It’s also worth noting that the LG G5 includes Quick Charge 3.0 support, allowing you to charge from 0% to 80% in just 35 minutes.

LG G5 features

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Moving past the traditional smartphone specs, we find that LG has included a number of special hardware features this time around. First, there’s a circular fingerprint scanner on the rear, similar to the sensor found on the LG V10 and the LG-made Nexus 5X. LG has also made the move over to USB Type-C and touts a rear-mounted speaker.

Of course the real show stopping feature for LG is the Magic Slot, a new slot found by removing the G5’s bottom ‘cap’. This proprietary connector allows users to connect special modules to the LG G5. While only two modules were shown off by LG initially, LG says that it will share details for its proprietary connector with any accessory manufacturer that wants it, and so hopefully that means many more unique modules will make their way to the market in the months to come.

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Here’s a brief recap of the four hardware accessories shown off by LG, two of which are modules:

  • Camera module – The LG Camera module might not change up or add any new sensors to the LG G5, but it does provide a better grip for taking that perfect shot. It also includes its own supplementary 1200 mAh battery as well as a physical wheel for zoom, and bottoms for taking photos and video recording. You can also half press the camera shutter button to focus lock.
  • LG HiFi+ (with B&O Play)In collaboration with B&O, LG brings us the LG HiFi+ module. This module replaces the existing bottom of the G5 and adds two new headphone jacks optimized for HiFi+. This accessory supports 32-bit DAC with upsampling, and 384KHz audio. It can also be used with any other USB C smartphone as it has a top part to the module for use with non-G5 smartphones.
  • LG 360 CAM – While not a module, the LG 360 Cam is a new LG-made accessory that brings 360 degree recording. Each camera is 200 degrees, and resulting images can have a flat or spherical view. Video works with Google Streetview and YouTube 360. When you take a photo or video, it is saved on the 360 CAM, which has a 1200mAh battery, 4GB storage and microSD card slot.
  • LG 360 VR – Lastly we have the LG 360 VR. This VR headset achieves a 639ppi effect and it feels like looking at a 130-inch TV from seven feet. The device works with the 360 CAM module and weighs 118 grams. You will need to tether it to the G5 via a USB Type C cable in order to use it. The lenses that can be adjusted to match your eyesight and particular vision number and there’s a headphone jack on the bottom, but you can also use Bluetooth. Physical Okay and Cancel buttons are available on the devuce, but you can replicate this by short tapping the phone screen for Okay and long tapping for Cancel.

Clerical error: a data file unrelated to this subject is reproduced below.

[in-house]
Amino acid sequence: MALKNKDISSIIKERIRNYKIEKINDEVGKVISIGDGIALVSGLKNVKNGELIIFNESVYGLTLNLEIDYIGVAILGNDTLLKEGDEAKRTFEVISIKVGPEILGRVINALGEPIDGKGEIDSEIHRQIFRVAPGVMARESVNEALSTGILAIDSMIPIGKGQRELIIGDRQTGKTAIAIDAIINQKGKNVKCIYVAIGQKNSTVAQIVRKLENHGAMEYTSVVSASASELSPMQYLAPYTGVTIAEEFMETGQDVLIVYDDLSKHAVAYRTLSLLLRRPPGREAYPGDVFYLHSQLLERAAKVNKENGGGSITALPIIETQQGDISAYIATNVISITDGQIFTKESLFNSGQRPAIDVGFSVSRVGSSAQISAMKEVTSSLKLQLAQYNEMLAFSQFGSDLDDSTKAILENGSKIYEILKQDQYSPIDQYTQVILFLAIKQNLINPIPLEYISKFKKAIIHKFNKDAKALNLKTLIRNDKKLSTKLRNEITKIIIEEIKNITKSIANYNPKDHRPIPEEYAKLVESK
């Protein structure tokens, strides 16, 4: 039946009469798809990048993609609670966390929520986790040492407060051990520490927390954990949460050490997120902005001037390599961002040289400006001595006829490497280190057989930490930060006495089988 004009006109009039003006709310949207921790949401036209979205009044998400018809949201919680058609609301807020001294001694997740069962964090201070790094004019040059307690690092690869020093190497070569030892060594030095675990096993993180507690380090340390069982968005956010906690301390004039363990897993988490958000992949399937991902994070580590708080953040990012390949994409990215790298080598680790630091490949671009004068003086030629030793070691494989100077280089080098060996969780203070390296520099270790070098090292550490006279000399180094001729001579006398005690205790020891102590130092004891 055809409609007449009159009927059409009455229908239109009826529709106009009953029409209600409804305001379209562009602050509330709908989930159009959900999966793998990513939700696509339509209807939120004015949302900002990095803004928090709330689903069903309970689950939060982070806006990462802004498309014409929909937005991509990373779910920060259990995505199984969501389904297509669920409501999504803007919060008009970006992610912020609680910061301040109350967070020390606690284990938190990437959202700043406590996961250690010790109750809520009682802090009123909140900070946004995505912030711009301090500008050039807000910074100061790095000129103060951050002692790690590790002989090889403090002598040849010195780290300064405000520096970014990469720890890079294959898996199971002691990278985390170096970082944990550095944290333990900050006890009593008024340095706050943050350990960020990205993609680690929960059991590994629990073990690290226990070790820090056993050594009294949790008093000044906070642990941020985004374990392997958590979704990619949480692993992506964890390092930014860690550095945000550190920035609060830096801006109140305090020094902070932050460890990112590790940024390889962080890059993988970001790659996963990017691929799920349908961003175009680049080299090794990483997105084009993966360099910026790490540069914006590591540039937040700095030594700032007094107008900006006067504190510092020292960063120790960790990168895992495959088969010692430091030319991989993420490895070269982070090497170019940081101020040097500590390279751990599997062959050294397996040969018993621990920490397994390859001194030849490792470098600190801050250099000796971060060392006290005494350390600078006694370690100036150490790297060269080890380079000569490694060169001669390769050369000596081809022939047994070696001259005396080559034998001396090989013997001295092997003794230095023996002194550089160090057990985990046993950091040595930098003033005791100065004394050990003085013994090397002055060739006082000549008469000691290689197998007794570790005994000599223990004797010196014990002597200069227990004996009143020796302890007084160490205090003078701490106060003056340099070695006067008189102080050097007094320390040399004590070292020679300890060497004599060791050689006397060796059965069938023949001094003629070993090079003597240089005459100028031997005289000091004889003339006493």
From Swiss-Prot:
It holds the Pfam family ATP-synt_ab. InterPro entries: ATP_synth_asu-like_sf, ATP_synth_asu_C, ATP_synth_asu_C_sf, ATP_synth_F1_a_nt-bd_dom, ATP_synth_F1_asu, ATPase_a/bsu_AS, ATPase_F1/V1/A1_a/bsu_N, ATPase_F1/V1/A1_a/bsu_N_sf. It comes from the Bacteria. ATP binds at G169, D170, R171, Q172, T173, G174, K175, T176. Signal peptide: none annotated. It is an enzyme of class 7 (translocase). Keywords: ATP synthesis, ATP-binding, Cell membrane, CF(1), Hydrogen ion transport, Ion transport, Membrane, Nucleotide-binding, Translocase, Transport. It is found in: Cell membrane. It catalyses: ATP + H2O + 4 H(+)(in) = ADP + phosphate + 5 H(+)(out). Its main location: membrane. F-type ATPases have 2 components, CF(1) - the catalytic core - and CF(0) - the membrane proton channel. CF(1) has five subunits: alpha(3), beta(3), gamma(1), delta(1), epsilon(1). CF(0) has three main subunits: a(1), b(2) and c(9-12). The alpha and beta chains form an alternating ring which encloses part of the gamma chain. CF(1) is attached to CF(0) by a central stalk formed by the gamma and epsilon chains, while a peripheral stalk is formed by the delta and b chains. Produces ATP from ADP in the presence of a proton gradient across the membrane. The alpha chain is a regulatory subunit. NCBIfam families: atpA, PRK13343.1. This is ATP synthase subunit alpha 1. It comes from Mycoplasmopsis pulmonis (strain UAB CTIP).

LG G5 software

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When Samsung overhauled its design language in 2015, it also gave its software a makeover, and to no surprise, LG is doing the same in 2016 with the LG G5. First off, you can expect a much cleaner and less colorful interface this time around when compared to the LG G4 and V10. That said, LG’s icons are very similar to what we’ve seen from the LG UI in the past.

One area where the LG G5’s UI is very different is when it comes to the app drawer – as in, the fact it isn’t present. Reportedly this change isn’t just exclusive to LG either, as several of our sources have told us that Google will reportedly be making this change to stock Android starting with Android N. Those who prefer the idea of having only select icons on the homescreen might not find this change so great, but there’s always the option to use a third-party launcher of course.

Moving past the colors and the lack of app drawer, you’ll find that the settings have also been reorganized, and instead of side swipes for switching from network to sound, display, etc, they are now in one column. The icons in settings are cleaner and more minimalistic this time around.

LG is also removing a few things with the LG G5’s interface, including Q slide and dual window. Overall you’ll also find significantly less bloatware.

LG G5 price and availability

The global launch of the LG G5 is set for March 31, with the LG G5 launch date in US set for April 1. In the US, you can pre-order the device from all major carriers and big retailers.

The LG G5 is priced at $600 to $700 depending on the channel. LG is throwing in a free extra battery and charging cradle in the US, while in other markets, the Cam Plus will be offered as a freebie. Some carriers are offering their own offers, such as AT&T’s buy-one-get-one-free deal.

AT&T

Verizon

T-Mobile

Sprint

Best Buy

Wrap up

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The LG G5 is a pretty bold step for LG, though it’s still too early to say how well this step will be received by both the general public and power users alike. What do you think of the LG G5? Let us know your thoughts in the comments and be sure to continue the conversation over at the AA forums.

Andrew Grush
Andrew is dedicated to reporting on the latest developments in the world of Android, and is very passionate about mobile technology and technological innovation in general. While he appreciates Android in all of its forms, he prefers a clean stock experience when possible and currently rocks a Nexus 5. Andrew also loves to engage with his readers, and welcomes well-thought-out conversations and responses in the comments section!